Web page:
Amtrak wants to make Atlanta a railroad hub

An October 2011 view of Amtrak's station in Atlanta, Georgia. (Photo by Todd DeFeo/The DeFeo Groupe)

(The Center Square) – Amtrak is looking to make Atlanta a railroad hub again, but the quasi-federal agency can’t say how much it will cost to run new routes across the Peach State and the region.

Last year, Amtrak released a $75 billion passenger rail proposal. The plan calls for a new Atlanta rail hub with routes connecting the city with Birmingham, Alabama; Charlotte, North Carolina; Macon, Georgia; Montgomery, Alabama; Nashville, Tennessee; and Savannah, Georgia.

The Center Square has asked Amtrak for a dollar cost on the Georgia portion; at time of publishing, the rail company had not provided one.

The proposed Atlanta-to-Nashville train would take 6 hours and 34 minutes to complete the 280-mile-long journey via Chattanooga, Tennessee.

One Amtrak train serves Atlanta, the New York City-to-New Orleans Crescent. The Gate City’s former railroad stations downtown were razed decades ago, and Amtrak uses a station Southern Railway constructed more than a century ago as a commuter stop.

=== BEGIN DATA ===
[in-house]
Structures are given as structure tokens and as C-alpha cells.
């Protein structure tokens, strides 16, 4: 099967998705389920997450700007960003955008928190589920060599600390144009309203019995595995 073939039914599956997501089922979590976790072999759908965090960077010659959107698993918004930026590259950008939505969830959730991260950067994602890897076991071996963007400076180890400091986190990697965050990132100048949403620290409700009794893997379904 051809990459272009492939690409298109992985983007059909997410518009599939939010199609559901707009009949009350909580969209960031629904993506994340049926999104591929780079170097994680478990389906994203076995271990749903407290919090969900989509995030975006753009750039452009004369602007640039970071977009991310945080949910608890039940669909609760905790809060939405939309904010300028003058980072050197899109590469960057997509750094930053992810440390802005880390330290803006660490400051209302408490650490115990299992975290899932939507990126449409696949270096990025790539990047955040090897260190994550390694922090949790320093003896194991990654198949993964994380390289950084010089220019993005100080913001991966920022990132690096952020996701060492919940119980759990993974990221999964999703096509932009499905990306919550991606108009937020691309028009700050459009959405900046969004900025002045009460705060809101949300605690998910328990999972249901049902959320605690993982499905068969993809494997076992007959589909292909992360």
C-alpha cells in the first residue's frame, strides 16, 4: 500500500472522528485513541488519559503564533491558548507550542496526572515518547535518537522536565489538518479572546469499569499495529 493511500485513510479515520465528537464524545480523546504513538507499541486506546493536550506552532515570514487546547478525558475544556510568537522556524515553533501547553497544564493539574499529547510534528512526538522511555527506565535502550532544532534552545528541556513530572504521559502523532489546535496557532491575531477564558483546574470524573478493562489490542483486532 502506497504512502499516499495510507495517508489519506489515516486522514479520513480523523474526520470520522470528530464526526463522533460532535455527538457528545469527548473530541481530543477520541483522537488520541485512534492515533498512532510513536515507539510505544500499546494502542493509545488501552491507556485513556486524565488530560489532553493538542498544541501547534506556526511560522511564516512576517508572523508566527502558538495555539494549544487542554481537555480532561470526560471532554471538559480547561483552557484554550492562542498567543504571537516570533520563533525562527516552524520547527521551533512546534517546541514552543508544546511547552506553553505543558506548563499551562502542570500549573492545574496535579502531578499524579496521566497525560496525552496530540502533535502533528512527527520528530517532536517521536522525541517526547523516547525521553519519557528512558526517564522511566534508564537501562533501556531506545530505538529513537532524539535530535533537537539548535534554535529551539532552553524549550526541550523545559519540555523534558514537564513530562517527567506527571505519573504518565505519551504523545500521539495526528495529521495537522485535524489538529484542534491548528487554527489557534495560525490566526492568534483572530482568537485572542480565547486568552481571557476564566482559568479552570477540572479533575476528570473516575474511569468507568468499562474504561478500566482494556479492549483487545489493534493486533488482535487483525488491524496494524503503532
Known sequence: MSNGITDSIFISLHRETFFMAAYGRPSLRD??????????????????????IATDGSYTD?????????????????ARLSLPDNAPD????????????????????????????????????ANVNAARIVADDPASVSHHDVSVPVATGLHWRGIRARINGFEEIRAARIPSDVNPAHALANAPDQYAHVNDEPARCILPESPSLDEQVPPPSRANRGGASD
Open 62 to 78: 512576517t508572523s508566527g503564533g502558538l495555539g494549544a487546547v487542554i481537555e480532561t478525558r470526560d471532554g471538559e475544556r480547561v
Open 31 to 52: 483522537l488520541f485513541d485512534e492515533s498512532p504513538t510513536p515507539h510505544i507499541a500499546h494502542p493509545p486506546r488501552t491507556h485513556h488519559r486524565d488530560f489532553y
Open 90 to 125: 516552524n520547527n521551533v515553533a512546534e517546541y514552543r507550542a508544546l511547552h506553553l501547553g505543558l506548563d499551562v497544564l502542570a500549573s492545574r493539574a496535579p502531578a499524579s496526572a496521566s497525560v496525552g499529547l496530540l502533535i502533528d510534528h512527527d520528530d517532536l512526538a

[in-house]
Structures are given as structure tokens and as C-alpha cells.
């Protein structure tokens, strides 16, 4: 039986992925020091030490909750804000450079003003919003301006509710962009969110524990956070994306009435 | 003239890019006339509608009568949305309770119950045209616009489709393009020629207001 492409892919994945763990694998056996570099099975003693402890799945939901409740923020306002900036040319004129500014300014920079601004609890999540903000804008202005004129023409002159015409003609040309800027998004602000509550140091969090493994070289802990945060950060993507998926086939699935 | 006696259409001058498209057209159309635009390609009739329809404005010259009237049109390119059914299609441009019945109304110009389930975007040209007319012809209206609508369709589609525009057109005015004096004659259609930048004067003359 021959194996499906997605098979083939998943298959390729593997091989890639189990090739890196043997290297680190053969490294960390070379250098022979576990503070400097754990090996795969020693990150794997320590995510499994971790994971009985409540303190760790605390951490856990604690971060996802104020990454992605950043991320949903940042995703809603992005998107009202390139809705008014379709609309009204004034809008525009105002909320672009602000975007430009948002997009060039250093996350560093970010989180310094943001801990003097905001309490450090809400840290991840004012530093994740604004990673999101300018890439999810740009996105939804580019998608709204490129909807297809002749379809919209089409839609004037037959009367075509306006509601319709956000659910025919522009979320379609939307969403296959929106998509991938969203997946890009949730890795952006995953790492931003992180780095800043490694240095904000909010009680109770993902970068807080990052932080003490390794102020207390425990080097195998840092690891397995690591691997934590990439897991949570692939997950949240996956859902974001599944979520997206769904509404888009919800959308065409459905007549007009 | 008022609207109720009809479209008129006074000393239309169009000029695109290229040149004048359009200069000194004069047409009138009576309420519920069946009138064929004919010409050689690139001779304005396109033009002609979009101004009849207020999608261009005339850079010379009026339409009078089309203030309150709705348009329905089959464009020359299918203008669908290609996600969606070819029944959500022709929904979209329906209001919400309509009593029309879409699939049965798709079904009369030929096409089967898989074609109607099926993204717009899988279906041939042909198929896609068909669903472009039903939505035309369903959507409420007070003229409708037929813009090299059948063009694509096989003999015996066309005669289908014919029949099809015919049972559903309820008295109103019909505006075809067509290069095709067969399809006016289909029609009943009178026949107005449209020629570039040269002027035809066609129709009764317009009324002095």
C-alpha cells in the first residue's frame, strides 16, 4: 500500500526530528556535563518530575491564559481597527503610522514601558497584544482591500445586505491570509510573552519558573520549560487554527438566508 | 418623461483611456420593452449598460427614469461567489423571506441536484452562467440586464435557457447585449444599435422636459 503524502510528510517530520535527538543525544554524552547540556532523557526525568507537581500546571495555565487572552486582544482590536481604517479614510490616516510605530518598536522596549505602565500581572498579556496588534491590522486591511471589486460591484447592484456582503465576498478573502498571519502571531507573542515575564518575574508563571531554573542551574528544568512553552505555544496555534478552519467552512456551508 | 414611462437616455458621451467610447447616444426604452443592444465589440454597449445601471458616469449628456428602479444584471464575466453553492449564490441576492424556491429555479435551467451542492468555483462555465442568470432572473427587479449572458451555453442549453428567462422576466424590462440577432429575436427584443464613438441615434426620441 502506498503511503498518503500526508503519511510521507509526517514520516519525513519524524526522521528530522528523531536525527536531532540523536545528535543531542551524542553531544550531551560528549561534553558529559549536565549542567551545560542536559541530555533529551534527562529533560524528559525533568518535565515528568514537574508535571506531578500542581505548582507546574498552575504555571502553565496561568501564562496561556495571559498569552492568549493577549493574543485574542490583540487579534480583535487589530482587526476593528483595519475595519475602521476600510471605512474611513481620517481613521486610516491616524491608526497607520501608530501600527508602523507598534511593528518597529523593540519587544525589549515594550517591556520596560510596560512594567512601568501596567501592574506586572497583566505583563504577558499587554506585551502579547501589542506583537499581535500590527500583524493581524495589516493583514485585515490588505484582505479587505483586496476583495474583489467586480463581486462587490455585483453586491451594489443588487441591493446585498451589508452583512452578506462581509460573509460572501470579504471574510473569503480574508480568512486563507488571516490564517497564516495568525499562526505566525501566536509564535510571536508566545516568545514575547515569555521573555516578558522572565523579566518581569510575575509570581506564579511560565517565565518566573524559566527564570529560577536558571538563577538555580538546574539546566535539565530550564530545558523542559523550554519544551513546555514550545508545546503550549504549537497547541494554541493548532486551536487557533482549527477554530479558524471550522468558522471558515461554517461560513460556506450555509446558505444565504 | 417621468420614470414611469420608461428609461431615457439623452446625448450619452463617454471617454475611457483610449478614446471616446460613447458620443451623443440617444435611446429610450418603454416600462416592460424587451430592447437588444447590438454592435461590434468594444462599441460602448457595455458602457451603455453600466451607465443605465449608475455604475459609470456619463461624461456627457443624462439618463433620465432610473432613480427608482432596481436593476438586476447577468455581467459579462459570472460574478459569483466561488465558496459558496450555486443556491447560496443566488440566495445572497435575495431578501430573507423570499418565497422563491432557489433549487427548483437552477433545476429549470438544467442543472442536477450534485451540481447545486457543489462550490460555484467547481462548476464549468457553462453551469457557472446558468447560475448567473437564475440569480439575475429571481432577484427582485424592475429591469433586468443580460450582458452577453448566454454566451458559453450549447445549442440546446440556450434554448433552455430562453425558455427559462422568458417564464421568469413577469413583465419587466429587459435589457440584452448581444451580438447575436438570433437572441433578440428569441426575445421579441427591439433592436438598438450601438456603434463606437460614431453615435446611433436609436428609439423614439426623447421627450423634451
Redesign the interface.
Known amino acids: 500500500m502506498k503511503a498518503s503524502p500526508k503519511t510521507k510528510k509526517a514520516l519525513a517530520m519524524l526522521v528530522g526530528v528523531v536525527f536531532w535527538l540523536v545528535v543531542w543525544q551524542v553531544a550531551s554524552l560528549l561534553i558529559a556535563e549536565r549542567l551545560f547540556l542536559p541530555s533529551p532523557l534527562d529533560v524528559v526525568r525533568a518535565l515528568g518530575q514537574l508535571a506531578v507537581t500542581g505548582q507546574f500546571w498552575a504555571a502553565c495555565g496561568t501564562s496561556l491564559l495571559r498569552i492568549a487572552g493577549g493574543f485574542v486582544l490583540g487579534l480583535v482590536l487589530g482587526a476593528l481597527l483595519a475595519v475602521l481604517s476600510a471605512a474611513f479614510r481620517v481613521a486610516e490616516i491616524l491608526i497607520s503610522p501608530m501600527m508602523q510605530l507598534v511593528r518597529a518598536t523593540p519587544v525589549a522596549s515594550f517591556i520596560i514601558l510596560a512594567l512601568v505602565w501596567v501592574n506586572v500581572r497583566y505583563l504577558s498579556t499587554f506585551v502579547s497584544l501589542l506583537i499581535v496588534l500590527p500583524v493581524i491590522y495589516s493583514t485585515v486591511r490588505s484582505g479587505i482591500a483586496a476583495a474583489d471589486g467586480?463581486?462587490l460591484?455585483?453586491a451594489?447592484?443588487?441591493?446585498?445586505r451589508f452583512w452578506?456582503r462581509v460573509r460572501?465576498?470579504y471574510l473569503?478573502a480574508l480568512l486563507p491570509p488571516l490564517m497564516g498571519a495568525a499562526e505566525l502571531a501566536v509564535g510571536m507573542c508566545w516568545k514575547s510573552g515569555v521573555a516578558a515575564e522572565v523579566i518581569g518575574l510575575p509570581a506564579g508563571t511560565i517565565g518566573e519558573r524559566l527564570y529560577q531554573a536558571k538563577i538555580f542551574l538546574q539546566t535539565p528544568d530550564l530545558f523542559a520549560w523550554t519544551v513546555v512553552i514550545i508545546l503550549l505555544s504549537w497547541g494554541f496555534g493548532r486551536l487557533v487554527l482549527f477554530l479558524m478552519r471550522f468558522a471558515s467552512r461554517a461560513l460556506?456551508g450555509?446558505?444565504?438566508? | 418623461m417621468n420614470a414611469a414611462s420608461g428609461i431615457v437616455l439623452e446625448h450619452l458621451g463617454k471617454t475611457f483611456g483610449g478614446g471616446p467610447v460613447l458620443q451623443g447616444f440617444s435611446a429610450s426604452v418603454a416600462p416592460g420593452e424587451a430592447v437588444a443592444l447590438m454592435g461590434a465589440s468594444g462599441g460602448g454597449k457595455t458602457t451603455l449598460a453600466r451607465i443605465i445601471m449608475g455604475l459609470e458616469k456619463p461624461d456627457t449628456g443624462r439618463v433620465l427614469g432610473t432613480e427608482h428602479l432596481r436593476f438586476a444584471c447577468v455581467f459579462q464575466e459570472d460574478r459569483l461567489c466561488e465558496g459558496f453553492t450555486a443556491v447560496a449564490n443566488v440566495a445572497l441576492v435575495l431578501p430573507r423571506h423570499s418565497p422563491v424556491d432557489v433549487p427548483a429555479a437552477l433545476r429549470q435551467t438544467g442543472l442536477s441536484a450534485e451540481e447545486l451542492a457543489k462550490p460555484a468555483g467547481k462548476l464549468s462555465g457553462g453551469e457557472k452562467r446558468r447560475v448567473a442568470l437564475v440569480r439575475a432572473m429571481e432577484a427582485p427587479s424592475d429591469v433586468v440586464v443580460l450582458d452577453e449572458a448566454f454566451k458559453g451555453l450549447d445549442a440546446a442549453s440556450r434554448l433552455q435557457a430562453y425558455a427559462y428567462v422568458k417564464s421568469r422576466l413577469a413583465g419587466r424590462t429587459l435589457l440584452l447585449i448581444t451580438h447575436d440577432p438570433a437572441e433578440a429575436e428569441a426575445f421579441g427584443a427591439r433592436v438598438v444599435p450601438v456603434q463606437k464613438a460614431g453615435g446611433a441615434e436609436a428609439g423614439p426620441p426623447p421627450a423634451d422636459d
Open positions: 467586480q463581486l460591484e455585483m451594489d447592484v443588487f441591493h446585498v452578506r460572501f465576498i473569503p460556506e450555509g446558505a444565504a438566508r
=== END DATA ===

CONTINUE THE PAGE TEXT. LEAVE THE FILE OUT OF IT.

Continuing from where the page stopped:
According to the Federal Railroad Administration, the Crescent had a 56.8% on-time performance rate during the first quarter of 2021. It marked the sixth-best on-time performance rate for an Amtrak long-distance train.

In May, Atlanta City Councilman Jason Dozier introduced a resolution to encourage Amtrak to expand its Atlanta presence in the Gulch area, located in downtown Atlanta near Mercedes-Benz and State Farm arenas.

“The City of Atlanta has a long, rich history rooted in the railroads since its first founding days as Terminus, and in that spirit, I’m proud to introduce a resolution encouraging AMTRAK’s establishment, expansion, and investment in the Gulch,” Dozier said in a tweet.

“This is a once-in-a-generation opportunity to restore passenger rail service to Atlanta’s city center, and we must seize that moment,” Dozier added. “The Centennial Yards development will be transformative for our city, and with passenger rail, I aim for it to be transformative for our region.”

Marc Scribner, a senior transportation policy analyst for the Reason Foundation, told The Center Square that Amtrak’s forecasts show the railroad believes it will continue losing money on existing long-distance routes that serve Georgia.

In fiscal 2027, Amtrak’s forecasts operating losses of $204.90 per passenger for the Crescent, $51.50 per passenger for the Palmetto, $156.50 per passenger for the Silver Meteor and $155.40 per passenger for the Silver Star. Those numbers are for the entire route, not just the Georgia segment.

The federal government has sent billions of dollars to Amtrak, including $66 billion in last year’s infrastructure bill.

This article was published by The Center Square and is republished here with permission. Click here to view the original.